Here is an unskirted white Ryeland fleece on my kitchen floor. The grouting of the tiles will give some idea of the dimensions. It weighed around 2.5kg before I started skirting it.
Firstly, we take a look at both sides: the outside is normally dirtier as it has been nearer to the world, and the inside is cleaner and shows the difference as the ends are all shorn rather than pointy.
In this case, someone has sprayed a useful number 4 onto the outside of the fleece as well - we try to discourage this practice at The Natural Fibre Company as sheep generally find their own lambs without needing to check the numbers ... although this is less easy for shepherds. It is much better for fleece quality if the spray can be limited to the haunch where the fleece is generally of lower quality than the flank where it will be the best quality.
Now we look at what to remove.
Giving the fleece a bit of a shake will remove the second cuts and shorter bits (left above) and then we look to pull off the areas of gross small contamination from earth or dirt (centre above) and also the shorter sweaty edge wool around the neck which will not scour clean and is too short to spin (right above).
We are lucky with this fleece as someone has already removed any dags or faeces from the rear end, although we did find the belly wool dumped back into the centre of the fleece before it was rolled, and which we removed as it simply reduces quality, being dirty and short (see below).
Next we look for other things unlikely to help the final quality of a spun yarn or piece of felt.
These include pieces of hay or straw which can be pulled off, the graffiti dyed number 4 and really dirty tangled wool from the edges of the fleece. If there is an area full of gorse prickles, hay seeds or small pieces of hay, this has to be removed as the processing will not get rid of it all.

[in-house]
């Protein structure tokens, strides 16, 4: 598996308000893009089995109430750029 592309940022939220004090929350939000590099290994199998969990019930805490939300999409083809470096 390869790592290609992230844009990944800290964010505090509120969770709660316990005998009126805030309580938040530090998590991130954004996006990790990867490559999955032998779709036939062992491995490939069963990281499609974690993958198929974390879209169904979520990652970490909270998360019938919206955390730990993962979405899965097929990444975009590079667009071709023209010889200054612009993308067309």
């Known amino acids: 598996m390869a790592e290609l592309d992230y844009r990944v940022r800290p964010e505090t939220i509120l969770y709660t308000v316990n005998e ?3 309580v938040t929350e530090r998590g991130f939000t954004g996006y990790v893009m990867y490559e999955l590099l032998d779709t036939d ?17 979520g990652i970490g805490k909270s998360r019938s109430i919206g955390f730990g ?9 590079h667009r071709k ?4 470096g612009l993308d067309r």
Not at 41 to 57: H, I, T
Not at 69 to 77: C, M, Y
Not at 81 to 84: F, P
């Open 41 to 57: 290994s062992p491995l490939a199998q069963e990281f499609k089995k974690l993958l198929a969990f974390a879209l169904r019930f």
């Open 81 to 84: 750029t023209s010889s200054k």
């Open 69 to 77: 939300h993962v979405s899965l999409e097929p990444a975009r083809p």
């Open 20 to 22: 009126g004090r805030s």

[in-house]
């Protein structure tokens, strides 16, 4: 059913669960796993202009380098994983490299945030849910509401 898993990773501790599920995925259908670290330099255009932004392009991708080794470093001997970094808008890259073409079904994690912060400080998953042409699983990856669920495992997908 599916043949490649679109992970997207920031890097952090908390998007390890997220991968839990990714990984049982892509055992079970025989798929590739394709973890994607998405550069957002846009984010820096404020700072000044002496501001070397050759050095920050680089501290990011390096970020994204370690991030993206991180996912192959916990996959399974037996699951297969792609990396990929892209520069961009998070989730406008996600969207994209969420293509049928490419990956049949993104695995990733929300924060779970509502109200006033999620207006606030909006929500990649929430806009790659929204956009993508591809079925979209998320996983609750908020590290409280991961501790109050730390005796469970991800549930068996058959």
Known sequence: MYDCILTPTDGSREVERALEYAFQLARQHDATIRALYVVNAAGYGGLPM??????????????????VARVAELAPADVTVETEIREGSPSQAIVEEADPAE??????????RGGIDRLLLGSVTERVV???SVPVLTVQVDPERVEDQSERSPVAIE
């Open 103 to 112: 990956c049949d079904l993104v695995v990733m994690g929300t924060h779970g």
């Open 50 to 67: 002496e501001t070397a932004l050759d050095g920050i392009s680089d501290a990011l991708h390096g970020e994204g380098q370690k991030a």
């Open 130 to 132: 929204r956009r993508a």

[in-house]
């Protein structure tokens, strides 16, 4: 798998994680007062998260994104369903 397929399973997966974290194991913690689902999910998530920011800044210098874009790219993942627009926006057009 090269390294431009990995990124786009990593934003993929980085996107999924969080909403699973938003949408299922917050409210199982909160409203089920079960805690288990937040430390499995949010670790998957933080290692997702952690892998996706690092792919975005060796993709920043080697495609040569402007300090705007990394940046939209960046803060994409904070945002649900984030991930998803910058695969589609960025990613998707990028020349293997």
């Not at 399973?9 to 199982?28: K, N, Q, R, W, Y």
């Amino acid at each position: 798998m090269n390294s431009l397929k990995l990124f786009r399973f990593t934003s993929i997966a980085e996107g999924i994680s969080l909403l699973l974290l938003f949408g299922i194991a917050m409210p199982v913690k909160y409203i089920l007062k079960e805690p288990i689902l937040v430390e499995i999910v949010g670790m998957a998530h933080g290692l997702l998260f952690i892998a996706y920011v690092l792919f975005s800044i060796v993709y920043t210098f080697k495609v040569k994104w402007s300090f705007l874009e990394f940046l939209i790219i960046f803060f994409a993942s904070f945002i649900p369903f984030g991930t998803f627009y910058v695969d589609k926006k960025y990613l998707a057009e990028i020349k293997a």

Below are two pictures which illustrate the effect of our work in terms of reducing the size of the fleece, which started at wider than a metre wooden rule and finished at at around 90 centimetres wide. It is reasonable for a good quality fleece to expect to remove 5-10%, sometimes less and sometimes considerably more - for instance this fleece had no really matted, cotted or felted areas. This year when shearing my Gotlands and because of the spring weather conditions, I have actually rejected 4 whole fleeces which were too matted to pull apart so could not be processed - they will go to my friend Kay who makes felted rugs with a peg loom and can use matted fleeces for this. For Gotlands of course, this shearing is really not the main quality time and the autumn fleeces will be the best and need to have the May shearing to clear the foundation.
So now we have a small pile of rejected fibre and a nice skirted fleece!
Here is what we are aiming for, probably now nearer 2.2kg of skirted fleece.
This will now be able to be made into a nice batch of yarn.
Total time taken, including photographs, probably around 10 minutes. At the Mill, we aim to sort around 150-200kg of fleece a day, but our customers send us already skirted fleeces to save time and money in carriage and additional sorting costs.
At The Natural Fibre Company we collect reject fibre and are able to send it for processing into felt or other lower grade products. This is cheaper than sending it to landfill, much better for the environment and indeed makes use of the fibre, although it does cost us in transport to the processor so it barely breaks even. For people doing their own skirting, the options for reject fibre and dags are mulch for gardening or cleaner fibre may be washed to use for peg looms and felt - so there should be virtually no waste.